Walker Purges Gasline Board, Rejects Confidentiality Agreement

Gov. Bill Walker has dismissed half of the Alaska Gasline Development Corporation board of directors.

In a statement issued late Tuesday night, Walker announced that he was removing three members of a seven-person board tasked with representing Alaska’s interests as the state pursues a natural gas megaproject in partnership with the energy industry. Drue Pearce, Al Bolea, and Richard Rabinow were all appointed upon the board’s creation in 2013 by former Gov. Sean Parnell. Pearce heads an oil spill response company in Anchorage, and previously served as the federal coordinator for an Alaska natural gas project and as president of the Alaska State Senate. Bolea is a retired BP executive who once chaired the Alyeska Pipeline Service Company board. Rabinow is a a former president of the ExxonMobil Pipeline Company. Rabinow’s appointment was opposed by a bloc of Democrats because of his status as a Texas resident, and legislation explicitly permitting out-of-state board appointments was passed in 2014 to allow him to serve.

The announcement did not provide a reason for the dismissals, except for to say the changes were part of a “paradigm shift in the way the state will conduct business with Alaska’s gas.” Walker plans to replace the three members within a month. Walker is currently in Washington, DC, for Sen. Dan Sullivan’s swearing-in ceremony, and was unavailable to answer questions about the changes to the board.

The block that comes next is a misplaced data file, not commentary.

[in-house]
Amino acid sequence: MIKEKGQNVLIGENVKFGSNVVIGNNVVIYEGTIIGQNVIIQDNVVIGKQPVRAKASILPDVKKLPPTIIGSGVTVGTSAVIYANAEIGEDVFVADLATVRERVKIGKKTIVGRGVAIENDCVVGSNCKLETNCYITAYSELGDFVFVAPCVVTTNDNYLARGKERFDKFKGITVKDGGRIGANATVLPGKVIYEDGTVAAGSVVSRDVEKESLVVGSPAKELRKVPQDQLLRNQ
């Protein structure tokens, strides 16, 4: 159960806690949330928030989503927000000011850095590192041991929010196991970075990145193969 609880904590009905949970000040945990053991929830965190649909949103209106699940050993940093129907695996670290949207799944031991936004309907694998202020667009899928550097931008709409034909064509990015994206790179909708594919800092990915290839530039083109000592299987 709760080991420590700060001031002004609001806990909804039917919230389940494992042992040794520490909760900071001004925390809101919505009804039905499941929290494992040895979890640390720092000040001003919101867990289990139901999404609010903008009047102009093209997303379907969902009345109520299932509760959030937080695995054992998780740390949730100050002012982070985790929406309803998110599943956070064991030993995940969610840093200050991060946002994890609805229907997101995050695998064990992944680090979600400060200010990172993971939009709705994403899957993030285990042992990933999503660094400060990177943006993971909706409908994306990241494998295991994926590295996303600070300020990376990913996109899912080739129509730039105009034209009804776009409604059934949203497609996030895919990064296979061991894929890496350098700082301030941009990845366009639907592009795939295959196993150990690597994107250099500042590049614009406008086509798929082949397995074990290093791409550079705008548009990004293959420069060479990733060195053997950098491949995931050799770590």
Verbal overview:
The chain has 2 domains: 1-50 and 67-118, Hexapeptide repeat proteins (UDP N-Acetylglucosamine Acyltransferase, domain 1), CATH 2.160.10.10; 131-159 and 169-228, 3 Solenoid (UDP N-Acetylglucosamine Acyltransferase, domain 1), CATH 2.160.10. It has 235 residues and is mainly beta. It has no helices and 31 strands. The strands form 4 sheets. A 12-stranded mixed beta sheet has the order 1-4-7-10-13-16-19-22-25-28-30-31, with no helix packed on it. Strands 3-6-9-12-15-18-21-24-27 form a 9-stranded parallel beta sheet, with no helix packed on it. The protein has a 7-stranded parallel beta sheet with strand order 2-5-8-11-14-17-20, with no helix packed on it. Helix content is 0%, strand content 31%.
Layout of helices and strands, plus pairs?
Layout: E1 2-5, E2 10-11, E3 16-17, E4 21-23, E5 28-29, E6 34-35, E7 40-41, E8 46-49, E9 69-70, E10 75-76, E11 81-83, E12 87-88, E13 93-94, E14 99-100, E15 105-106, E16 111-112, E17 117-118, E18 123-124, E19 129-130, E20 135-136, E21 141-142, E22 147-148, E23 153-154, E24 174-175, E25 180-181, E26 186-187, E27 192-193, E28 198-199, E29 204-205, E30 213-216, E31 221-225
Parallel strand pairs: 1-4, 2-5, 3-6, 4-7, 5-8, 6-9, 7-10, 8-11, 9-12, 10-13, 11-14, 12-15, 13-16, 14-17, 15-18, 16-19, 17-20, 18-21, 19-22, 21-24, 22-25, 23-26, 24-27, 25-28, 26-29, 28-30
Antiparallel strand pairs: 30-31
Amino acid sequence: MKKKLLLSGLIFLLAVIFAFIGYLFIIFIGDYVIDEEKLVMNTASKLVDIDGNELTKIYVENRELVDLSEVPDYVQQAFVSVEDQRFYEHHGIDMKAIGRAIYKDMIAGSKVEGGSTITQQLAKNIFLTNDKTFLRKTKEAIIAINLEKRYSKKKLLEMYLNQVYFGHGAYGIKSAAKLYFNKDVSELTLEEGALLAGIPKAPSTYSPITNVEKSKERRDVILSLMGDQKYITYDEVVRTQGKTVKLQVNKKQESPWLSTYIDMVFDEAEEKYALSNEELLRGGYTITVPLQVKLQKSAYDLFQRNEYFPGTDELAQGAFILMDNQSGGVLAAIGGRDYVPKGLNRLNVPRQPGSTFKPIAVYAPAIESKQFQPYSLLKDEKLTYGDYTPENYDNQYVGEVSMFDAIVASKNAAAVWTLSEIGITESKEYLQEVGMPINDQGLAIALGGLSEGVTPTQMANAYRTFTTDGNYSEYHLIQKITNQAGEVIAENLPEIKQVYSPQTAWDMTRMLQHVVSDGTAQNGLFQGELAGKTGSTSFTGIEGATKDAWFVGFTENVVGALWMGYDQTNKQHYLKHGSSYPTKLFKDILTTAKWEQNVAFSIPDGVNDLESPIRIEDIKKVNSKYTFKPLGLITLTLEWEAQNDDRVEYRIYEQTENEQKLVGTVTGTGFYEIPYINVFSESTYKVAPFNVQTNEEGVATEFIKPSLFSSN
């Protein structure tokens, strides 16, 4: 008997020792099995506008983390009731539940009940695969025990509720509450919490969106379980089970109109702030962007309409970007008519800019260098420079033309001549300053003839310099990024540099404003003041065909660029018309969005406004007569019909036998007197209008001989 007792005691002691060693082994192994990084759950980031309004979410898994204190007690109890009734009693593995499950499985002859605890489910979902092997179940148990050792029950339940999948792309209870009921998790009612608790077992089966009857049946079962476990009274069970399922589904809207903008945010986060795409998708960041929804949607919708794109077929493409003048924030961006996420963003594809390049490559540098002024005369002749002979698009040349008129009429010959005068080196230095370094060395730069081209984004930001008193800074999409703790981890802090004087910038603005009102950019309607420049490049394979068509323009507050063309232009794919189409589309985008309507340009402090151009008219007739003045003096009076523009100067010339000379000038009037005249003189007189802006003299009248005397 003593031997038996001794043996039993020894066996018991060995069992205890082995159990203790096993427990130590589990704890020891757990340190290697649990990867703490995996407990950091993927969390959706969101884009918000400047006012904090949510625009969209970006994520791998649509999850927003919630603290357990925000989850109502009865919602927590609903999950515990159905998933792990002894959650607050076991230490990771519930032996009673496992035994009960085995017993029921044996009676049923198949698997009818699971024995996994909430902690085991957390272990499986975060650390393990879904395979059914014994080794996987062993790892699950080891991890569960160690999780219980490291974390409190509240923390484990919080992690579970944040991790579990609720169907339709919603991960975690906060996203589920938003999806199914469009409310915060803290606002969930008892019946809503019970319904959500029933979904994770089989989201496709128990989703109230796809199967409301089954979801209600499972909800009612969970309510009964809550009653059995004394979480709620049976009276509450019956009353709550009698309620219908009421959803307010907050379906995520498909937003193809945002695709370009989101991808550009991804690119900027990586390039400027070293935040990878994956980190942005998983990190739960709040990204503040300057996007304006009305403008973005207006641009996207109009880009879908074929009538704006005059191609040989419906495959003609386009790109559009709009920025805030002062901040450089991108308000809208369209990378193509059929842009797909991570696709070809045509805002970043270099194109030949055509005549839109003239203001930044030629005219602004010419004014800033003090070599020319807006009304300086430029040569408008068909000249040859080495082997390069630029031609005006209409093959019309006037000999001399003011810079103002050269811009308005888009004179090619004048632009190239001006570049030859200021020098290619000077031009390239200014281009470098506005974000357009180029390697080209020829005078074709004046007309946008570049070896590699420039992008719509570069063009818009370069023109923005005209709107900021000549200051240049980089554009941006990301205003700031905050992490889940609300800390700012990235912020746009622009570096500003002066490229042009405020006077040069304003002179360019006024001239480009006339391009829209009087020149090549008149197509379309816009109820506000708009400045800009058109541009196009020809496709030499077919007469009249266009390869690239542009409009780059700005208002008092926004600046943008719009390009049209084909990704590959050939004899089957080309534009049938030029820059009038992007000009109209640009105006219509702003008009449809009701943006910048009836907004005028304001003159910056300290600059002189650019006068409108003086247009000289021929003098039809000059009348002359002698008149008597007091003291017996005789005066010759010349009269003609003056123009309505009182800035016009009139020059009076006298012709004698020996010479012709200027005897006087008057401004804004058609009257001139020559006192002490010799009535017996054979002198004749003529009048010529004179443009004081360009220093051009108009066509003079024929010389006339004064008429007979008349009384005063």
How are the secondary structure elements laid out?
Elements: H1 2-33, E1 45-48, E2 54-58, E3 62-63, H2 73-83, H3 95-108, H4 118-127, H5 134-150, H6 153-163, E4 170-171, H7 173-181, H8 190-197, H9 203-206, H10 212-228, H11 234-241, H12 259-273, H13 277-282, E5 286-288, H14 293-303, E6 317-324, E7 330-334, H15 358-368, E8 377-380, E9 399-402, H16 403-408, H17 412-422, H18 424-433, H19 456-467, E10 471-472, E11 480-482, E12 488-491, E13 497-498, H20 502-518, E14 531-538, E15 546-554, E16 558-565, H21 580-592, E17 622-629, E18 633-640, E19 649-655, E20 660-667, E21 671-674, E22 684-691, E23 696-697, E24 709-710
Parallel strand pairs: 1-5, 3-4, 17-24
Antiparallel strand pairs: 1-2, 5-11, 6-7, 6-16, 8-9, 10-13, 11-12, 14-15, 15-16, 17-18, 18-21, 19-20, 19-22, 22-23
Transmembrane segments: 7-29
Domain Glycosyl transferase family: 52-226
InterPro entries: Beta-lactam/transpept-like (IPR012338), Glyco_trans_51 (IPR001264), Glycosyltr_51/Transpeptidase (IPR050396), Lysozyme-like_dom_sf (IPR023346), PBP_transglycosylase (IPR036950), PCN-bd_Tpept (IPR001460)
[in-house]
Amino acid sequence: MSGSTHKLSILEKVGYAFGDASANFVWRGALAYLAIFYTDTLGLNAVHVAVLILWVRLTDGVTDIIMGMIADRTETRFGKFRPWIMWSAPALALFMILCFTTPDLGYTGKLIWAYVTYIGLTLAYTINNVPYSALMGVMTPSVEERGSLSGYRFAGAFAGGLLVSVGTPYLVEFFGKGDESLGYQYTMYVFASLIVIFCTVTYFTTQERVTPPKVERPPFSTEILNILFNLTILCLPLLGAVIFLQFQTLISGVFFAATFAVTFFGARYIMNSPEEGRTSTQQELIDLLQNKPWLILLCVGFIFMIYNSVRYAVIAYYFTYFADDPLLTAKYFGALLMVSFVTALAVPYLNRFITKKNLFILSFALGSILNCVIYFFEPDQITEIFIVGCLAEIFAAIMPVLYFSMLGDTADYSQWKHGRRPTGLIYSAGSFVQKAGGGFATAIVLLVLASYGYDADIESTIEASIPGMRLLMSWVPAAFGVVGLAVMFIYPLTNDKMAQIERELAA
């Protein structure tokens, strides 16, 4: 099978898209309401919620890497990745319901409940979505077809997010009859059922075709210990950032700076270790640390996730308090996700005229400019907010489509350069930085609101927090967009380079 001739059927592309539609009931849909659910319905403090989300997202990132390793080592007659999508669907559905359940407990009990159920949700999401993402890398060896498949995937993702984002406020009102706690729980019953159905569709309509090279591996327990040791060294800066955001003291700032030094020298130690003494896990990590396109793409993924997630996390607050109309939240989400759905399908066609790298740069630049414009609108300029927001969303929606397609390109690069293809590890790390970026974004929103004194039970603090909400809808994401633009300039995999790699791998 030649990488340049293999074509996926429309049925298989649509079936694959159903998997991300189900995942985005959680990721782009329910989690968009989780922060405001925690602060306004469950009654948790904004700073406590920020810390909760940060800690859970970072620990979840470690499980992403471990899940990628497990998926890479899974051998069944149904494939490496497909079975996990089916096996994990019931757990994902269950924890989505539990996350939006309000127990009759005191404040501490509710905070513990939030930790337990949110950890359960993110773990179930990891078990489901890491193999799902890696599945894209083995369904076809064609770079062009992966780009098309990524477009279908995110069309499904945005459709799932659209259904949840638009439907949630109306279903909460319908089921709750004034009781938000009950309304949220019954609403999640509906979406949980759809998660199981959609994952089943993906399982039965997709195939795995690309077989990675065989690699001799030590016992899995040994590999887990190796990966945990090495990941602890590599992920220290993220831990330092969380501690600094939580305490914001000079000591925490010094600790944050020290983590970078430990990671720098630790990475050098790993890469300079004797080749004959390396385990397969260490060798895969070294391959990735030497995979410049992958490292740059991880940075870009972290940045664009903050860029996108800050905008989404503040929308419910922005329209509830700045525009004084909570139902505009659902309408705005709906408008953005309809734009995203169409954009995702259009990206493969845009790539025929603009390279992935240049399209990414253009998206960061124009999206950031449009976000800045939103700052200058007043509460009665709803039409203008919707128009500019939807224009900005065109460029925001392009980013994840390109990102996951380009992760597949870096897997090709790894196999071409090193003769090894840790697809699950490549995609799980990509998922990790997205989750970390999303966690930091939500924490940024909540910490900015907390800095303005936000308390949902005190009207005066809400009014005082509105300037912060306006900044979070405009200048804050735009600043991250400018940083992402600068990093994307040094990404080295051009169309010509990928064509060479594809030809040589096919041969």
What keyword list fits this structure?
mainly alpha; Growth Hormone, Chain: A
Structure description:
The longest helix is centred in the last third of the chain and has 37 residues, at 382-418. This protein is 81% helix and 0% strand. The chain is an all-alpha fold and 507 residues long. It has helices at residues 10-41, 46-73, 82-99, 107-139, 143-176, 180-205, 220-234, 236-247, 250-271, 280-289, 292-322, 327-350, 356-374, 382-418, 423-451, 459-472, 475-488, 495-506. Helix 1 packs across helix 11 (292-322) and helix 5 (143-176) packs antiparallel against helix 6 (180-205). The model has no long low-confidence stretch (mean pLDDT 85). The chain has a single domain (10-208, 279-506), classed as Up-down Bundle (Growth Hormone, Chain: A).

In addition to the board dismissals, Walker also announced that the two cabinet members — Labor Commissioner Heidi Drygas and acting Commerce Commissioner Fred Parady — who represent the administration on the board have been directed not to participate in closed-door meetings related to the board’s functions.

Walker spokesperson Grace Jang says the governor hopes to promote transparency on future natural gas projects by rejecting confidentiality agreements.

“This is a very big deal because the governor campaigned on this,” says Jang. “This is actually one of the big reasons that he even ran — to change the way that business is done in terms of Alaska’s natural resources, and making sure Alaskans have a voice and have a seat at the table. This is the first step in that process, and it’s not a secret. I think people saw this coming.”

Jang adds that the announcement was made at 9pm on Tuesday because the board removals were finalized late in the day.

The state is currently in talks with Exxon, BP, ConocoPhillips, and TransCanada to develop an 800-mile pipeline to get North Slope natural gas to market. The project is expected to cost at least $45 billion. In 2014, the Legislature passed a bill that would allow legislators to review specific terms of negotiations so long as they sign non-disclosure agreements. The producers involved say the confidentiality rules are needed to prevent competitors from learning proprietary information about the project.

The remaining members of the Alaska Gasline Development Corporation board of directors are scheduled to meet on Thursday in Anchorage.